Elevated soluble vascular cell adhesion molecule-1 is associated with cerebrovascular resistance and cognitive function

Achille E. Tchalla*, Gregory A. Wellenius, Farzaneh A. Sorond, Margaret Gagnon, Ikechukwu Iloputaife, Thomas G. Travison, Thierry Dantoine, Lewis A. Lipsitz

*Corresponding author for this work

Research output: Contribution to journalArticlepeer-review

20 Scopus citations


Background: Elevated plasma soluble vascular cell adhesion molecule-1 (sVCAM-1) is a presumed marker of endothelial dysfunction, both in the brain and systemic circulation. Impairments in memory and cognition have been associated with cardiovascular diseases, but little is known about their relationships to abnormal cerebral endothelial function. Methods: We studied the cross-sectional association between sVCAM-1 and markers of cerebrovascular hemodynamics and cognitive function in 680 community-dwelling participants in the MOBILIZE Boston Study, aged 65 years and older. Cognitive function was assessed using the Hopkins Verbal Learning Memory Test and Trail Making Tests (TMTs) A and B. Global cognitive impairment was defined as Mini-Mental State Examination (MMSE) score less than 24. sVCAM-1 was measured by ELISA assay. Beat-To-beat blood flow velocity (BFV) and cerebrovascular resistance (CVR = mean arterial pressure / BFV) in the middle cerebral artery were assessed at rest by transcranial Doppler ultrasound. Results: sVCAM-1 concentrations were higher among participants with an MMSE score <24 versus ≥24 (1,201 ± 417 vs 1,122 ± 494 ng/ mL). In regression models adjusted for sociodemographic characteristics and health conditions, increasing levels of sVCAM-1 were linearly associated with higher resting CVR (p = .006) and lower performance on the Hopkins Verbal Learning Memory (immediate recall and delayed recall) and adjusted TMT B tests (p < .05). Higher levels of sVCAM-1 were also associated with global cognitive impairment on the MMSE (odds ratio = 3.9; 95% confidence interval: 1.4-10.9; p = .011). Conclusions: In this cohort of elderly participants, we observed a cross-sectional association between elevated sVCAM-1 levels and both cognitive impairment and increased cerebrovascular resistance. Longitudinal studies are needed to determine whether elevated sVCAM-1 is a cause or consequence of cerebrovascular damage.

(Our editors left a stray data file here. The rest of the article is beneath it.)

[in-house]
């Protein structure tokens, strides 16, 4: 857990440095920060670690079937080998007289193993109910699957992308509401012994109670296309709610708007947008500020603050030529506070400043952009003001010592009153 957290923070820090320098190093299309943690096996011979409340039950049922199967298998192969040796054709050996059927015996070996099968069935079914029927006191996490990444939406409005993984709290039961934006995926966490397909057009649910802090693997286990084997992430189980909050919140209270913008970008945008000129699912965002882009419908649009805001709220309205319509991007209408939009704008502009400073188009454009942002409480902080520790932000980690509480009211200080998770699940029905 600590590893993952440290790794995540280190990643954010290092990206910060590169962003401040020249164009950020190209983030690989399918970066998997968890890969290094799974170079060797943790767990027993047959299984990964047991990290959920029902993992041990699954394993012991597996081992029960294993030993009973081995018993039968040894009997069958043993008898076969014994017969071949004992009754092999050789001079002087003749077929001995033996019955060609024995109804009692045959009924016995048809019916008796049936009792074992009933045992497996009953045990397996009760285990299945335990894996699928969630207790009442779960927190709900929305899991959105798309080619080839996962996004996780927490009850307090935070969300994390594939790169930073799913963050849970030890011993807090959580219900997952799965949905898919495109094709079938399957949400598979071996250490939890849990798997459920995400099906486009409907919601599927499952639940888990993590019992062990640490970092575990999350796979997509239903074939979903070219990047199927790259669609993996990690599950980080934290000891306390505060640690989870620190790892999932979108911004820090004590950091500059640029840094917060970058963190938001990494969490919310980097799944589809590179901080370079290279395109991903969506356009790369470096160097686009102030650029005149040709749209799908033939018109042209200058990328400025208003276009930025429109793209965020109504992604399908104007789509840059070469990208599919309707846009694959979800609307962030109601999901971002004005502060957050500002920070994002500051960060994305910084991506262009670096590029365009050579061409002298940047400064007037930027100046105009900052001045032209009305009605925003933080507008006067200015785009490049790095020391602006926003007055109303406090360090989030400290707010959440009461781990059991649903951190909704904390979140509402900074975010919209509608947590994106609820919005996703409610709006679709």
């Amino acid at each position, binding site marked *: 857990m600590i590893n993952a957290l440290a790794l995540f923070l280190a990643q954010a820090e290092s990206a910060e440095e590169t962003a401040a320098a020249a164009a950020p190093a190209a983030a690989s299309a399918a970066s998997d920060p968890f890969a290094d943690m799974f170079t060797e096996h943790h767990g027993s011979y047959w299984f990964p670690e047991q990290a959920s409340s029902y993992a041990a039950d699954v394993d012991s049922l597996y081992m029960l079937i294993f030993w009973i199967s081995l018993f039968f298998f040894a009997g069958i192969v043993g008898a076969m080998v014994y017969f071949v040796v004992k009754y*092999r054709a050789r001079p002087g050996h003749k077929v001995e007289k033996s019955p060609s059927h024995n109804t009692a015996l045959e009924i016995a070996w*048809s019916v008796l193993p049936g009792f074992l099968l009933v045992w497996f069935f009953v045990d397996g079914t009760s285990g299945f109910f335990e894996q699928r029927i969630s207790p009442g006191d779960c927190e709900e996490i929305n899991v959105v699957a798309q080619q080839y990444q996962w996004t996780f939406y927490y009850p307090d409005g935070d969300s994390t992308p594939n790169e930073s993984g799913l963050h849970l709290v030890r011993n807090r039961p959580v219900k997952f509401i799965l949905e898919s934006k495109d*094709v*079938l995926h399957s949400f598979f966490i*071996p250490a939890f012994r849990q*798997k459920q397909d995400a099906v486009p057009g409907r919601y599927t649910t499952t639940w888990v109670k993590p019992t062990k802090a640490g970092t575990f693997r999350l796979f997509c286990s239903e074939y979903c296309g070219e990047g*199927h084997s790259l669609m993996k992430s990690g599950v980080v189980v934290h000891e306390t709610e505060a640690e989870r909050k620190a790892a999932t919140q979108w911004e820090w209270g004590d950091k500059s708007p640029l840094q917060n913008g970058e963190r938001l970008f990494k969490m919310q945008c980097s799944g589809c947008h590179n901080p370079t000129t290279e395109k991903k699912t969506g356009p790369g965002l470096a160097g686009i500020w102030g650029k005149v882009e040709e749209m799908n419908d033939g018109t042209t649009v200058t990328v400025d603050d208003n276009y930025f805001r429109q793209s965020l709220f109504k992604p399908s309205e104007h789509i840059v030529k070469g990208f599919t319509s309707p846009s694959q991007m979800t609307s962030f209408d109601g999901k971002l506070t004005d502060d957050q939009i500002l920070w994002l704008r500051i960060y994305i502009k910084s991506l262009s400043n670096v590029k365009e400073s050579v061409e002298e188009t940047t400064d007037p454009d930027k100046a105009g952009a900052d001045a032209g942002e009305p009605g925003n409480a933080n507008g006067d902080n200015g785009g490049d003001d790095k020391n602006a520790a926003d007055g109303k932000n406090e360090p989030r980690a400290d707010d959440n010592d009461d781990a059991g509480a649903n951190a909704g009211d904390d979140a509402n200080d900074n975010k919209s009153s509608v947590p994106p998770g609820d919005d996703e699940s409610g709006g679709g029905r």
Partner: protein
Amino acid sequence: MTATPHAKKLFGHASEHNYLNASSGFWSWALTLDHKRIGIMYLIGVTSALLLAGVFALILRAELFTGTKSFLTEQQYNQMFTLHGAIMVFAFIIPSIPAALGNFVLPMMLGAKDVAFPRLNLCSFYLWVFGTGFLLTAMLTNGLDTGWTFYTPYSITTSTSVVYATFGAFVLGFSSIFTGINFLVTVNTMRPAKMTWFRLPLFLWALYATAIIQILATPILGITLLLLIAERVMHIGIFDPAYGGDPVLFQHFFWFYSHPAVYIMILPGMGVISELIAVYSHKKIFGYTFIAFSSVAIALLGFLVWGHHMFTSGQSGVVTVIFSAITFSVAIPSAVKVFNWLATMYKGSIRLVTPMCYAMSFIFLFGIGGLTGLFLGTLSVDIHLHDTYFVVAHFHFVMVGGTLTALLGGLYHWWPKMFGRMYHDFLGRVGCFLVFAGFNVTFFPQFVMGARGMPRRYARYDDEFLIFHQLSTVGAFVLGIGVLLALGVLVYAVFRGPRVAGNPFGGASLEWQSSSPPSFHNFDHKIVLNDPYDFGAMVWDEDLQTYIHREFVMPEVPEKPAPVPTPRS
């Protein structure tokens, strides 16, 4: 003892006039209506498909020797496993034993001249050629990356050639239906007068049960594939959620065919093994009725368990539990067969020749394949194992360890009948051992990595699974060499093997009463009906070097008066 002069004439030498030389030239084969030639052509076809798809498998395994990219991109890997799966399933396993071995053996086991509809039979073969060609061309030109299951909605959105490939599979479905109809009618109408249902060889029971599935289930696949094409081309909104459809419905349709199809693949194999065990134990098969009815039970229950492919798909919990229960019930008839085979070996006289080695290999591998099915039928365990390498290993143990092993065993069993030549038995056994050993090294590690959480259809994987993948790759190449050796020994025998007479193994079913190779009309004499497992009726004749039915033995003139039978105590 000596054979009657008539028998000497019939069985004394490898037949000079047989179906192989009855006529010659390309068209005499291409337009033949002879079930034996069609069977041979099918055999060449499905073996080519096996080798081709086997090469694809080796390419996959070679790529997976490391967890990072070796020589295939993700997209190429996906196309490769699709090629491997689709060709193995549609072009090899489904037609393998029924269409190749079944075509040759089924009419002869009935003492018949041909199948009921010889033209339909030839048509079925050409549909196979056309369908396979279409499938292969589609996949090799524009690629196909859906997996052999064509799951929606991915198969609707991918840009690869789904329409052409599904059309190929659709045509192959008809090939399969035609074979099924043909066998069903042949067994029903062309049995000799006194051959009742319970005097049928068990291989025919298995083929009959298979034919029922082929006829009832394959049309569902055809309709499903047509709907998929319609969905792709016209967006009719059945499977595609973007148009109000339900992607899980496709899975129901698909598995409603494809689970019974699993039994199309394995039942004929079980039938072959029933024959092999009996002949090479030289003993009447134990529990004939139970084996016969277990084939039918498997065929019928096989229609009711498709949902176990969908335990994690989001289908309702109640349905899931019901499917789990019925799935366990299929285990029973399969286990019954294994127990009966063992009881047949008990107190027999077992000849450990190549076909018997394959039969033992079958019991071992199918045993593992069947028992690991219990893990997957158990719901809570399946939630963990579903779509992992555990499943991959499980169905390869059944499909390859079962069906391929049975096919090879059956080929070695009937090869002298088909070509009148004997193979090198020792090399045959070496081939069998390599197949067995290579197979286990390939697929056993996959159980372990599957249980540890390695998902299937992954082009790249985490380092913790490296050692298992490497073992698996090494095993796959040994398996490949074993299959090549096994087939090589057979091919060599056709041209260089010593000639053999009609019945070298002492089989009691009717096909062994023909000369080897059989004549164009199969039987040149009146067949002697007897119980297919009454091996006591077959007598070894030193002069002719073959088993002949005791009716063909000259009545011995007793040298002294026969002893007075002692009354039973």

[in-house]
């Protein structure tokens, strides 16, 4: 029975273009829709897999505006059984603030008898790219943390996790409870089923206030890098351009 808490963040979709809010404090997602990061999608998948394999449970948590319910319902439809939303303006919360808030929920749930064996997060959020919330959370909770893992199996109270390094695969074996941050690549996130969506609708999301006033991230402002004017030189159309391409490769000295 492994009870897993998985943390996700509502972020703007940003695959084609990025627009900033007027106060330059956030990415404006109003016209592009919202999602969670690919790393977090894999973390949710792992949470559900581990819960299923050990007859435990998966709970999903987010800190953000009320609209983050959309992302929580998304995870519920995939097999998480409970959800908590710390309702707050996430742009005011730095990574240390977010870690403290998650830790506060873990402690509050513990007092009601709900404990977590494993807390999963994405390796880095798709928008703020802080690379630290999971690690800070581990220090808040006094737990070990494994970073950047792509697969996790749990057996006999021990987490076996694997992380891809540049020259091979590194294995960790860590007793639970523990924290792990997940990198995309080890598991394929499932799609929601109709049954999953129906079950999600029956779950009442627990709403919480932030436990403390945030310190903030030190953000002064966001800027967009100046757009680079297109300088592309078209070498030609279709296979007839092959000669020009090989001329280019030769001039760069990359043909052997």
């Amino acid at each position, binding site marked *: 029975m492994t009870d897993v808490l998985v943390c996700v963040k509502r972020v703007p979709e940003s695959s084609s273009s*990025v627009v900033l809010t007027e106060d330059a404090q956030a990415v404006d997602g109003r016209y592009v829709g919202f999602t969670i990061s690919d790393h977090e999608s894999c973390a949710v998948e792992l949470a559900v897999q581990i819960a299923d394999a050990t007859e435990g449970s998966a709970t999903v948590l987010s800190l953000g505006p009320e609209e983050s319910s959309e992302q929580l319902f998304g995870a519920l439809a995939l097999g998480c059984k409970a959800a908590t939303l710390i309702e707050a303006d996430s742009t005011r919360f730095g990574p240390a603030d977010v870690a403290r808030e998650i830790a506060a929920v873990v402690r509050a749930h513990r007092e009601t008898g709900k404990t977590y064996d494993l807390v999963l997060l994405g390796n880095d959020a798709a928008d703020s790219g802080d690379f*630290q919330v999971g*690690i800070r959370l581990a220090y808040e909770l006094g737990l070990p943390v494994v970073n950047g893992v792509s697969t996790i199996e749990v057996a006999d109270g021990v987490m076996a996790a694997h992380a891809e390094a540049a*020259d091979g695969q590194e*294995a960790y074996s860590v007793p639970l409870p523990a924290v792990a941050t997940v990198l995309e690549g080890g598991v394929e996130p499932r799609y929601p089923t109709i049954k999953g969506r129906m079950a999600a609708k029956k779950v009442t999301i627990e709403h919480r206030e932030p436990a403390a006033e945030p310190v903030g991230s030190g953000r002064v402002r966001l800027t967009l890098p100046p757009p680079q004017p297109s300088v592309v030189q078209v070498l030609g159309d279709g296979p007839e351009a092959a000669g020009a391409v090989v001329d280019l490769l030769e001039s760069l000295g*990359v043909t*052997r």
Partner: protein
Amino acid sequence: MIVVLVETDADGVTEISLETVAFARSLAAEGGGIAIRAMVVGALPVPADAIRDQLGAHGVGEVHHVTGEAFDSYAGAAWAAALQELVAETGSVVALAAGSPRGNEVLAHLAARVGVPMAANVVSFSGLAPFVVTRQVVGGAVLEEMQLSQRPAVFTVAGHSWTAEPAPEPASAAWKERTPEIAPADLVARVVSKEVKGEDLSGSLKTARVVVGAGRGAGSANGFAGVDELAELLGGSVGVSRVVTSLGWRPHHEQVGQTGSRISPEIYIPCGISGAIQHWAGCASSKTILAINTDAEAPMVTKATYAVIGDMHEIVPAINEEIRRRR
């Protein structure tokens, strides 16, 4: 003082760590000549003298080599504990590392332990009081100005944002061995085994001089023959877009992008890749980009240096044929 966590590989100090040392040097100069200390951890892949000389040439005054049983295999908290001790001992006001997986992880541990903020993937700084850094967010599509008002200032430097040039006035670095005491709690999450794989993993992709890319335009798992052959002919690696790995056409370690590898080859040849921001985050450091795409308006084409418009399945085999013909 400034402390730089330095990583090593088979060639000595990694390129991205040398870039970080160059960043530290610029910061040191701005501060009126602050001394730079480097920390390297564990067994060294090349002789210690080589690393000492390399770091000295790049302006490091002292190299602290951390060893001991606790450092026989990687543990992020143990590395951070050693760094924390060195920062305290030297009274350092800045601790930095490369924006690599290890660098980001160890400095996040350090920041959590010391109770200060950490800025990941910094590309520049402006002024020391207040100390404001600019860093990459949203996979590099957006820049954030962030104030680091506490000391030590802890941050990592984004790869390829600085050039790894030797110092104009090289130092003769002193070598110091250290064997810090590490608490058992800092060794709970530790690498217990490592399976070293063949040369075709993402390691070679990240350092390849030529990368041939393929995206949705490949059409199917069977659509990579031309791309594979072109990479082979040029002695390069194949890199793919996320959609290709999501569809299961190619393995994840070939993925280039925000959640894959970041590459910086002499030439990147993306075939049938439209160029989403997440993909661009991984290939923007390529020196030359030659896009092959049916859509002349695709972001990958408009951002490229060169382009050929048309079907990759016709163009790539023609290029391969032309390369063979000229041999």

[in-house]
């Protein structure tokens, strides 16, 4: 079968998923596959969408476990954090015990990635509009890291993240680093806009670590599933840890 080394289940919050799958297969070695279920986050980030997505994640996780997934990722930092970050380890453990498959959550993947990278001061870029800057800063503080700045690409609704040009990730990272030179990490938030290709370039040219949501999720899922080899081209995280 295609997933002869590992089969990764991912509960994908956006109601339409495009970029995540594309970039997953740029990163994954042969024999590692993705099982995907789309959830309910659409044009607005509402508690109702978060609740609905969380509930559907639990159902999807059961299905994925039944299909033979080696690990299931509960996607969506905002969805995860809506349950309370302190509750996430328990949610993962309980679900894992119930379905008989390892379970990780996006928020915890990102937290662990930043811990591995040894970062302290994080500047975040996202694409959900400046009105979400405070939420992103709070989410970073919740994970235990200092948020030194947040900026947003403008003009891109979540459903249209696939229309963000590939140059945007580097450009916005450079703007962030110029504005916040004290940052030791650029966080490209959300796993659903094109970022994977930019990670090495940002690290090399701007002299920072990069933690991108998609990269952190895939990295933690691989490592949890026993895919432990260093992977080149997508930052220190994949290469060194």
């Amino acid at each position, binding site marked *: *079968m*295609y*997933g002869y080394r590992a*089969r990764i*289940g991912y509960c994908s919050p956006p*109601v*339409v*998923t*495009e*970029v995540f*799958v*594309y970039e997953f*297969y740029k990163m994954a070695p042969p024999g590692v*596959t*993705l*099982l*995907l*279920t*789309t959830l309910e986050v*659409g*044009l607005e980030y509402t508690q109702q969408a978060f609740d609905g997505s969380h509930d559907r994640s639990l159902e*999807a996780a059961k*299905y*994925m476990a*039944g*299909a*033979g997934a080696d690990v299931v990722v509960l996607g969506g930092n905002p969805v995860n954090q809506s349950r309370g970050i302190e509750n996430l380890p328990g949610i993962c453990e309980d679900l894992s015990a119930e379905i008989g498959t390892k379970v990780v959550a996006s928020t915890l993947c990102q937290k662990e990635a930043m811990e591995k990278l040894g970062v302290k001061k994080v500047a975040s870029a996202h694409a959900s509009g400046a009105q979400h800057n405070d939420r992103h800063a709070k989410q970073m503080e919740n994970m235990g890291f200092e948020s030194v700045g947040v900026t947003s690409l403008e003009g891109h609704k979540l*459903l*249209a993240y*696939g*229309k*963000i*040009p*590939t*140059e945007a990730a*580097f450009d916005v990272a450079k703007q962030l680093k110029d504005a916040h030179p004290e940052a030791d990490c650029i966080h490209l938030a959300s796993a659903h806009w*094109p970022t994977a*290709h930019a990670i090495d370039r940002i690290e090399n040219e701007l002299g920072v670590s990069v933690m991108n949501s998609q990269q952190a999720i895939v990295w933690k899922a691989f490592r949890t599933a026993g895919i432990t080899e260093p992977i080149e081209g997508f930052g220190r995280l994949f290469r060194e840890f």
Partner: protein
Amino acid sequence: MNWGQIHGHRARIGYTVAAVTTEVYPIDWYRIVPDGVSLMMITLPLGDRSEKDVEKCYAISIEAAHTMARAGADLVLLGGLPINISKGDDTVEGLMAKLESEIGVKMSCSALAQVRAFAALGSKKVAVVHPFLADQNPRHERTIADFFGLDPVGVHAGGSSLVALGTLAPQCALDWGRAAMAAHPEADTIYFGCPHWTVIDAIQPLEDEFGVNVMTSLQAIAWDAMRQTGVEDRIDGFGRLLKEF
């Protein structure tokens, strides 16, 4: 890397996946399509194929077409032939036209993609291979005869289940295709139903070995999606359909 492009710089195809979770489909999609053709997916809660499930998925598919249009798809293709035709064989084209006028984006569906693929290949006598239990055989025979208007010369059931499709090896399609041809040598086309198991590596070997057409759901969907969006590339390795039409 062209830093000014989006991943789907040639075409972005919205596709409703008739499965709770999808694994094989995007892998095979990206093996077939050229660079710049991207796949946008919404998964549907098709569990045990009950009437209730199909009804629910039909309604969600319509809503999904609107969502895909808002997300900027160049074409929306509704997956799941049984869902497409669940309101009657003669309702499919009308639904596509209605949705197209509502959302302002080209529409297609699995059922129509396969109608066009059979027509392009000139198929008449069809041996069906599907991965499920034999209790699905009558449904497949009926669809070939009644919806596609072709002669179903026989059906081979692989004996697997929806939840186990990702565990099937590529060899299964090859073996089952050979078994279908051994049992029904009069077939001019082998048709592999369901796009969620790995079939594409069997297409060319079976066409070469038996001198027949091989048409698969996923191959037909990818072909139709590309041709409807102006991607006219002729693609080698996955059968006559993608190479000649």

Original languageEnglish (US)
Pages (from-to)560-566
Number of pages7
JournalJournals of Gerontology - Series A Biological Sciences and Medical Sciences
Issue number4
StatePublished - 2017


  • Cerebrovascular resistance
  • Cognitive impairment
  • Endothelium
  • Executive function
  • sVCAM-1

ASJC Scopus subject areas

  • Aging
  • Geriatrics and Gerontology


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